Update: As I read in the same guide “DirectShapes cannot be placed in subcategories” so I think this option is not useful to me because I need to have each solid into a subcategory.

But I can draw that profile in Revit and, for example, make an extrusion, and Revit can work well with that geometry. So I don’t know why it has problems with the tangency between a line and an arch of my solid. :upside_down_face:

you will want to try going the other way as well, a lesser tolerance, especially when creating geometry. Revit doesn’t like edges less than 1 mm [1/32"]

[quote=“Edarq, post:4, topic:132782”]
1- What is the difference between importing the 3DM from the Rhino.Inside bar option and importing via Directshape module with Grasshopper?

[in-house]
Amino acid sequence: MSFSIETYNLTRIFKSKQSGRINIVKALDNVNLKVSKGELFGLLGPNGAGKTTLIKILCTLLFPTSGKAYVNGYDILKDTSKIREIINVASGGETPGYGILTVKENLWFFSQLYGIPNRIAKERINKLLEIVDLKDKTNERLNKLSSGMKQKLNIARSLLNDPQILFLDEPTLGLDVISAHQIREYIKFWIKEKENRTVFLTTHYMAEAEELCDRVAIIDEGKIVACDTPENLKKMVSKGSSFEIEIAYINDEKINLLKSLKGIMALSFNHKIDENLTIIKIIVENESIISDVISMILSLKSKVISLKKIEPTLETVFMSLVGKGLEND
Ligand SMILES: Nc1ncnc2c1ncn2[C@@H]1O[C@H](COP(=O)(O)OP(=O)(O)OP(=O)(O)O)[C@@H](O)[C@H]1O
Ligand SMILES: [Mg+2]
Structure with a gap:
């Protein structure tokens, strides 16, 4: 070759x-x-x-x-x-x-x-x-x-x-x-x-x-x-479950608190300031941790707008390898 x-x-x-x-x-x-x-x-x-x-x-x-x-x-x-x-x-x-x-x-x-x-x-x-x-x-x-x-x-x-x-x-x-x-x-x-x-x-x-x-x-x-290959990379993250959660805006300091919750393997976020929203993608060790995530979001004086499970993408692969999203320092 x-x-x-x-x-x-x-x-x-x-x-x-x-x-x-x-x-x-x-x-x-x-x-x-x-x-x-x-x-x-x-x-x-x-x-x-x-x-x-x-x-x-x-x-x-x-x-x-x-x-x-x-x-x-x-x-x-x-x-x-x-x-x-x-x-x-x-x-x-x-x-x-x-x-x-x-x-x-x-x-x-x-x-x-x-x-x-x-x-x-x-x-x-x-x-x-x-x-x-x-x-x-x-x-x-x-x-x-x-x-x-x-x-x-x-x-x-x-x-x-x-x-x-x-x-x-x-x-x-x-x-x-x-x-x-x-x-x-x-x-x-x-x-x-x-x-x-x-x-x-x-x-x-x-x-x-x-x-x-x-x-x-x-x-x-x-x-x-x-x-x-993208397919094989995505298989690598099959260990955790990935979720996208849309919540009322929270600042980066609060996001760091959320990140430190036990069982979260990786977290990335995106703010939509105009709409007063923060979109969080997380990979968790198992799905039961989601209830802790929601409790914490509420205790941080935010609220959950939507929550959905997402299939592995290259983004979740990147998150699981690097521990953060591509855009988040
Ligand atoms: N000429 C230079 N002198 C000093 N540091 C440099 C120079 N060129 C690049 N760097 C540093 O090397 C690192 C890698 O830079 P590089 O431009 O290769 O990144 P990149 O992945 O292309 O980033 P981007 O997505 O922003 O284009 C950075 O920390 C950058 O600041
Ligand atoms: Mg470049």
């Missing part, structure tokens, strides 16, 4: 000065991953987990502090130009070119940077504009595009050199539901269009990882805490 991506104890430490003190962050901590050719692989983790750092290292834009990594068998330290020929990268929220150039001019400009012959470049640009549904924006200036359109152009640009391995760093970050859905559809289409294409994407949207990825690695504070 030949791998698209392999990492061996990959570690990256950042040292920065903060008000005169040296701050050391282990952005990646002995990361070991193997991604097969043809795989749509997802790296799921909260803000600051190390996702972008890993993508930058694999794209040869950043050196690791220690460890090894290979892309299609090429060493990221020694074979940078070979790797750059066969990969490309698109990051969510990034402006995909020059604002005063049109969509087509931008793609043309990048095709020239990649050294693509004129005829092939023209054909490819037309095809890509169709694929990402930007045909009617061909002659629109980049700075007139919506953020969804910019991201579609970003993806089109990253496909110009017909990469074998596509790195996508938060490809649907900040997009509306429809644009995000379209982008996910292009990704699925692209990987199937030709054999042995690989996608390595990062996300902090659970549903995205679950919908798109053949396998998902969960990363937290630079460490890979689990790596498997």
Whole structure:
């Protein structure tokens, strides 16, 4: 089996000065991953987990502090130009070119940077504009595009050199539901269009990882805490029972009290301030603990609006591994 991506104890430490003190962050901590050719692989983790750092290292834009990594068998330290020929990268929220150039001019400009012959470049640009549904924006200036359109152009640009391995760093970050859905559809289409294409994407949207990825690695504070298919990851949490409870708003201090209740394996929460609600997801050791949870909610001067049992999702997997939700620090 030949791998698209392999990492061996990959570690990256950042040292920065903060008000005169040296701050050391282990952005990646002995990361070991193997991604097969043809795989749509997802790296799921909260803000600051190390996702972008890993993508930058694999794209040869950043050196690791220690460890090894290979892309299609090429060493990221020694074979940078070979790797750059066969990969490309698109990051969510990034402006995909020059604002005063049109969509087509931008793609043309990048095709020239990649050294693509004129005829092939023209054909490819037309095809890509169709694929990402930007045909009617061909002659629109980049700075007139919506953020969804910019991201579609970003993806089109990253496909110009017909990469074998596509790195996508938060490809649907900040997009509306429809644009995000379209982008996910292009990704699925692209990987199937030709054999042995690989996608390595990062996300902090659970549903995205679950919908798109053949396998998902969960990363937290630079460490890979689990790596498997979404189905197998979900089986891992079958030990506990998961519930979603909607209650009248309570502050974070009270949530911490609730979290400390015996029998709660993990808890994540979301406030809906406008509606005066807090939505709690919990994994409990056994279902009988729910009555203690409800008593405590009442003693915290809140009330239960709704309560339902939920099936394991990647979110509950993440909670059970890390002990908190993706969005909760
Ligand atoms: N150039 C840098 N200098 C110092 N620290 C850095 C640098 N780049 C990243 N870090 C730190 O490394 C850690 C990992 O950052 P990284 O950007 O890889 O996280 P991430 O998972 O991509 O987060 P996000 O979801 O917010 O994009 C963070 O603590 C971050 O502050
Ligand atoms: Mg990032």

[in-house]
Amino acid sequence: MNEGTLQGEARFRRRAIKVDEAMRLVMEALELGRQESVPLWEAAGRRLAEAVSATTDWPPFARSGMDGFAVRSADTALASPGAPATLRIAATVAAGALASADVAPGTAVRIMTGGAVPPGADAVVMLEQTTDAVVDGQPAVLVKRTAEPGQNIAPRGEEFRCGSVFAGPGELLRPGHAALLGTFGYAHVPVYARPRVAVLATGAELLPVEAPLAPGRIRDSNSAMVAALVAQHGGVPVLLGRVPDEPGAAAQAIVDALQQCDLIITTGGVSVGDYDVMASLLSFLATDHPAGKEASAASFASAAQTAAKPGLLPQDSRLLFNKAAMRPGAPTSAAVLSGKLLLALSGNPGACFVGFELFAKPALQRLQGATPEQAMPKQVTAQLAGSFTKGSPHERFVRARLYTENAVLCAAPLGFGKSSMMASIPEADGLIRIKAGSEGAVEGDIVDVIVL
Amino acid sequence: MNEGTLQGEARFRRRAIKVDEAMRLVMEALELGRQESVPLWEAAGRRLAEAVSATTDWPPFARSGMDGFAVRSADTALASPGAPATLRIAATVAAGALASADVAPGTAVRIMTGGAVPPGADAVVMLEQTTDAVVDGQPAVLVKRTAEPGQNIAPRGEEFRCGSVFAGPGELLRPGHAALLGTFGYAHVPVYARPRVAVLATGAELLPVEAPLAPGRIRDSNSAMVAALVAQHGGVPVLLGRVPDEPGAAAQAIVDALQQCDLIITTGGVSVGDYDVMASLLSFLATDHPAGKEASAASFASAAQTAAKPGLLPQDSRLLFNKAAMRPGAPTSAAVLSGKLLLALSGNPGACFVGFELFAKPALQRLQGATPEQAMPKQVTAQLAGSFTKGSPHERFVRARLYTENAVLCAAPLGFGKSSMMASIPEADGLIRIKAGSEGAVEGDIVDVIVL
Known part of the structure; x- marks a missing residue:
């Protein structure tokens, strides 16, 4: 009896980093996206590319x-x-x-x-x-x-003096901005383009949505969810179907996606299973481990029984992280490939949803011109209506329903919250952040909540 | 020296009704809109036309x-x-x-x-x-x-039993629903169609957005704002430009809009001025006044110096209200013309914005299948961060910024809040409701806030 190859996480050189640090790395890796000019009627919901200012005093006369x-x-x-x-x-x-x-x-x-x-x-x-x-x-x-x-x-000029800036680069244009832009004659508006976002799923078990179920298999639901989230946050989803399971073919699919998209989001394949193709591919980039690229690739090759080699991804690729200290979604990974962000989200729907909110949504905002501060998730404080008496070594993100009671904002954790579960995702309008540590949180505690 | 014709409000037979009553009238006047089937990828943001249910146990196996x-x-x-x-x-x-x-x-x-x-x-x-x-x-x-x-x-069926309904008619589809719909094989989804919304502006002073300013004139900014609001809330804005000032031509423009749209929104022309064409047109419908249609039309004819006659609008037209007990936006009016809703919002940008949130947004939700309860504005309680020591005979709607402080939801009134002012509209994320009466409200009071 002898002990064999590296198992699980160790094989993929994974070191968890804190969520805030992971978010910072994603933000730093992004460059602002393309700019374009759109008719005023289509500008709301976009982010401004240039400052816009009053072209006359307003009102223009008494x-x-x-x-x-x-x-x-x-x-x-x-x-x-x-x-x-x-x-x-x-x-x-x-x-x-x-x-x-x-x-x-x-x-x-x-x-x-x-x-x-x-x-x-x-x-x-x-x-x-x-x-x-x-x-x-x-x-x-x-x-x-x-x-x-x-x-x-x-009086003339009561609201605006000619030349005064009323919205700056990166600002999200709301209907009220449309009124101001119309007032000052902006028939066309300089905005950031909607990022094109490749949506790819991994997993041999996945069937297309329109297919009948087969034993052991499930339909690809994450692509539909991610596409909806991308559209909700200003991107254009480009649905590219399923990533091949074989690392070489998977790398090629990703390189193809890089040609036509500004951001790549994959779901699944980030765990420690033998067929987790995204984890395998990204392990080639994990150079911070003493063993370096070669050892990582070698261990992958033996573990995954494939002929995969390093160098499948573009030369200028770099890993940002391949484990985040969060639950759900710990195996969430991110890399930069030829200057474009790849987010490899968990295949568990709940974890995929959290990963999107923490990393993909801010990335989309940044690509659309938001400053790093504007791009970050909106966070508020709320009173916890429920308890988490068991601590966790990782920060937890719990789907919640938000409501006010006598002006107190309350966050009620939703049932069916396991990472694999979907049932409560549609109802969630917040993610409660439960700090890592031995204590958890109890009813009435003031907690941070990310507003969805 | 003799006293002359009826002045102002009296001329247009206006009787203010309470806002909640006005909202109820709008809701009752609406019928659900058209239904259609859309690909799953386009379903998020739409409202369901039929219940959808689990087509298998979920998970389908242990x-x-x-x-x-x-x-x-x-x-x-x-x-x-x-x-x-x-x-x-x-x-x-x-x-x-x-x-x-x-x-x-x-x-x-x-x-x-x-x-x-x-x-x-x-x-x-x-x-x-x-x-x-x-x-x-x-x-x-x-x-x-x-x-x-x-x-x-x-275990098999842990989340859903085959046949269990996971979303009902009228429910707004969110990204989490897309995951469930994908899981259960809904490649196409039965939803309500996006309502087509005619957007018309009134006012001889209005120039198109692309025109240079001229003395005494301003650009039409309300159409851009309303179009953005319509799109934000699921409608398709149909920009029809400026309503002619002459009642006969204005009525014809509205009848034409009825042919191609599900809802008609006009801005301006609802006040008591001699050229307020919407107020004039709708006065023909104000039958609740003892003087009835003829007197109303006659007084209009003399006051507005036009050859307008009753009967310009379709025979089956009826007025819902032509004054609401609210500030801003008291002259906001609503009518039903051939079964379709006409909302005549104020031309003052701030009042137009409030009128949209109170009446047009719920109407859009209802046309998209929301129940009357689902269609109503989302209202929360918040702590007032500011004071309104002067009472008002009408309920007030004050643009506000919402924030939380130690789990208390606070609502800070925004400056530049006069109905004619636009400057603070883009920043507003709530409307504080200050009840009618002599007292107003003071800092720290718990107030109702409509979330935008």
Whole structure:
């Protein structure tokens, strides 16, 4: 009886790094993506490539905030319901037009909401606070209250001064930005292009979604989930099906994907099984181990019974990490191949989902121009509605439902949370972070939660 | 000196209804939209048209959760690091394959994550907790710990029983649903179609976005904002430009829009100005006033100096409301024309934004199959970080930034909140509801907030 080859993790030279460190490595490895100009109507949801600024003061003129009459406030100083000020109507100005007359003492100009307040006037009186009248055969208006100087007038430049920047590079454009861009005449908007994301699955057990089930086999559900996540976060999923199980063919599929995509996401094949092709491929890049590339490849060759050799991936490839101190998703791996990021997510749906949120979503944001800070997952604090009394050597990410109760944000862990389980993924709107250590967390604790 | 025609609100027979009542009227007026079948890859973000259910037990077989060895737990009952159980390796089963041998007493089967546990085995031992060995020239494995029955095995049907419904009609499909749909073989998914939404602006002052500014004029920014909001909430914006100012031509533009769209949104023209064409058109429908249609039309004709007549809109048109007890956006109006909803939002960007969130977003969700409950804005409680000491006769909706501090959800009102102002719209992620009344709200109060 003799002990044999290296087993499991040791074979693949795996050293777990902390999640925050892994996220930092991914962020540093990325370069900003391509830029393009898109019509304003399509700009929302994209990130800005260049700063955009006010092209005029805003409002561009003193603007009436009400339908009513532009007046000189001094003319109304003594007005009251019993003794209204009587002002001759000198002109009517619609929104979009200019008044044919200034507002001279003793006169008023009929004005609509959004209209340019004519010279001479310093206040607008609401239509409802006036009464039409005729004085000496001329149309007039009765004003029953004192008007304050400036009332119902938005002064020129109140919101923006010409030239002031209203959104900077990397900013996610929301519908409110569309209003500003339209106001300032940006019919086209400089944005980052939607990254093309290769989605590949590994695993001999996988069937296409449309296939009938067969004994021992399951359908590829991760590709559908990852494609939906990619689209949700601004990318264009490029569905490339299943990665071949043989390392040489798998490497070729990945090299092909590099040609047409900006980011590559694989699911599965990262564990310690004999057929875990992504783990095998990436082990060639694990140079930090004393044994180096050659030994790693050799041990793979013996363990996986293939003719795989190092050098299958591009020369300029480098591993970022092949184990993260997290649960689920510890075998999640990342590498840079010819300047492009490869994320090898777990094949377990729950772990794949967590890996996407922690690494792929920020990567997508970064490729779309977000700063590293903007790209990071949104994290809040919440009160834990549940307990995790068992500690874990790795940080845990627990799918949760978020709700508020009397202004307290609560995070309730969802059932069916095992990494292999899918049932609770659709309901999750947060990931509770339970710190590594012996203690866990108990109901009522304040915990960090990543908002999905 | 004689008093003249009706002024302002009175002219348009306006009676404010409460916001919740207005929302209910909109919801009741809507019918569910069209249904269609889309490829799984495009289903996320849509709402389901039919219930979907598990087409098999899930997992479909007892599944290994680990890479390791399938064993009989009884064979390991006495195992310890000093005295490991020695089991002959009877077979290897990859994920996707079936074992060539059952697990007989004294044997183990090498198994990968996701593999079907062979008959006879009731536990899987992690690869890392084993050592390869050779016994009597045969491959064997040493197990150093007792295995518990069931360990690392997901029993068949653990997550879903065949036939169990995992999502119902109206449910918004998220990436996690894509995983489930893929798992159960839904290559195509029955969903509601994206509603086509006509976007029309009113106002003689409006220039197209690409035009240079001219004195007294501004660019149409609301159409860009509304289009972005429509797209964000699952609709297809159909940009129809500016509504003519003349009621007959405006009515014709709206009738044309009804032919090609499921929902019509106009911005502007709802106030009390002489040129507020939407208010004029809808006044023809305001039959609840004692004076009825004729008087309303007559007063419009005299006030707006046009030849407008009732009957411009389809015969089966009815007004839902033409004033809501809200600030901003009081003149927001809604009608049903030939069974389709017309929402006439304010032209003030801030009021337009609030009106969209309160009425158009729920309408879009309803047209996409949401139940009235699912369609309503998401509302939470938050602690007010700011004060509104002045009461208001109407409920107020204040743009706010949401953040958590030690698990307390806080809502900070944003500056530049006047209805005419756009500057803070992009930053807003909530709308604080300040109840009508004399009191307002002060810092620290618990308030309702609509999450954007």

[/quote] less control, it will try the same importers (first as a solid, sat, then mesh), but you won’t be able to apply parameters etc to the 3dm like you can a family or direct shape.

A closed polysurface, even one exported from Revit won’t necessarily go back into Revit. The surfaces and tolerances are going to different, with Revit being more particular and not oriented to a high degree of accuracy.

The issue like in the extrusion example you mention is the tangency during conversion isn’t going to know where to stop those very close edges, its best guess creates bad geometry (co-edge defining curve error above)

The general rule of 1mm edges is pretty straight forward, how it handles edge conditions, especially with non-planar surfaces isn’t as clear to describe except that intersections of two curved surfaces often create those small conditions that Revit has trouble with.

Hello again, Japhy.
Finally I solved the problem. The thing was that the curve that I used to create the solid of the arch was open! There was a 2mm gap. Even if Rhino considered the result as a closed polysurface, Revit did not. I’ve closed the gap, remade the solid and imported without problems into Revit.

In any case, I want to thank you for your comments, I’ve learned more things about Rhino.
See you,